His new film, Seeds of Yesterday, will be coming out on April 12. “Filming that show was so much fun. It was a huge departure than the characters I played in television before. I am really excited to see it myself and what other people think about it and how they react,” he said.

Maslow’s known for his cover song videos on YouTube, which are quite popular with his fans. Most recently, he covered Jennifer Lawrence’s “The Hanging Tree.” “That was fun. I tried to pick an unconventional song and I put my own twist to it. I will keep doing covers and in the near future, I will be releasing original music,” he said.

In addition to Seeds of Yesterday, he will have another movie coming out later in the year called Wild for the Night. “I am very excited about them, since they are both different roles than the ones that I played in the past,” he said. Aside from his acting endeavors, Maslow started his own production company and he will be recording new music. “It will be a great year,” he said. “I accomplished a lot of my own personal goals.”

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Our boy James is featured on the cover of Cliche’ Magazine‘s December/January 2015 Issue. In the issue you’ll find a great interview with James (along with some seriously handsome photos). You can read a snippit of the the article below:

When James Maslow first auditioned for the funny Nickelodeon show Big Time Rush back in 2007 when he was only 17 years old, he didn’t predict it would take off as quickly as it did. In fact, I didn’t either. I was a freshman in college by the time the show aired in 2009 (two years, four screen tests, and a couple pilots later) and when I caught wind of the new live-action television show, I was intrigued, as were millions of others—in fact, the official debut episode drew in more than 6.8 million viewers. The next thing I knew, Big Time Rush merchandise was everywhere, concerts were selling out left and right, and the band was playing in the middle of Times Square—a dream venue for every singer/songwriter… ever.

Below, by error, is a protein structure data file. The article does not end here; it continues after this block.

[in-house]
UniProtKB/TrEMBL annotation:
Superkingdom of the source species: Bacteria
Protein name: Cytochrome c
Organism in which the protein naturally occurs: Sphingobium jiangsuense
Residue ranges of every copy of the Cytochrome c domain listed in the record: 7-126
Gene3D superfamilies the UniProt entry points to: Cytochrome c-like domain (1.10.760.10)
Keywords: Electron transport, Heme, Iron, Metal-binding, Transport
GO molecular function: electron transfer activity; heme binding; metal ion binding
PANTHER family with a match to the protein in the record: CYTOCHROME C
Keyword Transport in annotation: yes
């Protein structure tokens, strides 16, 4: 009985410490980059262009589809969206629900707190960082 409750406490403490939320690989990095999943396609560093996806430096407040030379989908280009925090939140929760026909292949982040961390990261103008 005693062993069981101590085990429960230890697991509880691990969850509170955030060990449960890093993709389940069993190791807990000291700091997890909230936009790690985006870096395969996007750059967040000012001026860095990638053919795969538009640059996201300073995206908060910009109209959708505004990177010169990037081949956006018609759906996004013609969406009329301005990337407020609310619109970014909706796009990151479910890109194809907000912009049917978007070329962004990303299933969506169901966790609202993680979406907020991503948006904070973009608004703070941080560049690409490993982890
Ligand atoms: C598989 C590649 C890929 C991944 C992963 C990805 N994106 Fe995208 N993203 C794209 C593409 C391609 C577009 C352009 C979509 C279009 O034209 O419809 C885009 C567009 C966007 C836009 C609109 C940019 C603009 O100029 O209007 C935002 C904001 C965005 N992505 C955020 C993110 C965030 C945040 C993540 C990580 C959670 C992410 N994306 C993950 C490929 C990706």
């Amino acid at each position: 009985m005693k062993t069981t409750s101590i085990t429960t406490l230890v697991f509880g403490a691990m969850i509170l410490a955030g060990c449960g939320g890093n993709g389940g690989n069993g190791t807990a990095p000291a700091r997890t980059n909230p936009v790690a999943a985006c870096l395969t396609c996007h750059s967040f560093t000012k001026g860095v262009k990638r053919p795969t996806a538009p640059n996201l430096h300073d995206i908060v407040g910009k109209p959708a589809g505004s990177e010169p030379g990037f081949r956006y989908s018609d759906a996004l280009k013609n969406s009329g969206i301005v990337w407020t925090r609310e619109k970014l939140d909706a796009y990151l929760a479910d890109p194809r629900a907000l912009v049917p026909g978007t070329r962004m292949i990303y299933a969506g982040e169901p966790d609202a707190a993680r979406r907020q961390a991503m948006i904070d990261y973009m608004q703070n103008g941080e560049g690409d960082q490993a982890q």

Not only did they have us play that concert in the rain, which made it feel like such an epic rock moment,” Maslow recalls when I ask him for his favorite BTR memory, “but they also had us broadcasted on every major screen in the area. It was our first show, and was a pretty cool way to kick off the band.

Although I might have just missed the Big Time Rush fandom phenomenon age bracket (had I only been a few years younger, I would have had posters of the group hanging on my bedroom walls), one thing was obvious: Maslow was special. Now 24 years old, with perfectly toned arms, covetable brown hair, and a dazzling, white-toothed smile, the singer/songwriter (and now movie actor) is adored by over 3 million Twitter fans and counting—a number that skyrocketed during his time on ABC’s hit dance competition show, Dancing with the Stars, earlier this year.

You can read the full interview with Cliche’ Magazine, here. You can also check out the digital issue by clicking here.

Picture this hypothetical situation and put yourself in it: you are a 24-year-old single guy who is an actor, singer and dancer, are extremely good looking, in terrific shape and live a block away from the beach in Venice, California. The vast majority of us would spend a ton of time partying and eating fattening foods at the top restaurants all over the globe. But not James Maslow.

I like to train six days a week,” he says. “I love to exercise and it’s not always lifting weights. I also love to box and like to play sports.” As a youngster, Maslow played a lot sports. But when he was 13, he attended a performing arts school that didn’t have any sports teams, so he decided to join a gym to keep himself in shape. But he didn’t take it that serious and make it a full lifestyle until he was 20.

By that time, Maslow was already cast in the role as James Diamond on the hit Nickelodeon series “Big Time Rush,” in which he and his three cast mates played a boy band. They did their own singing and eventually released albums and went on world tours.

“We filmed four seasons and the band became a hit, as well,” recalls Maslow. “We have three gold albums, even platinum in a few countries like Venezuela. And the band still tours; (this past spring) we were in South America.” No rest for the weary as Maslow immediately began rehearsing for ABC’s “Dancing With the Stars” nine hours after his flight landed back in the United States. Maslow became a household name with his sexy dance routines with partner Peta Murgatroyd and his open shirt costumes during their routines, exposing a finely detailed six-pack.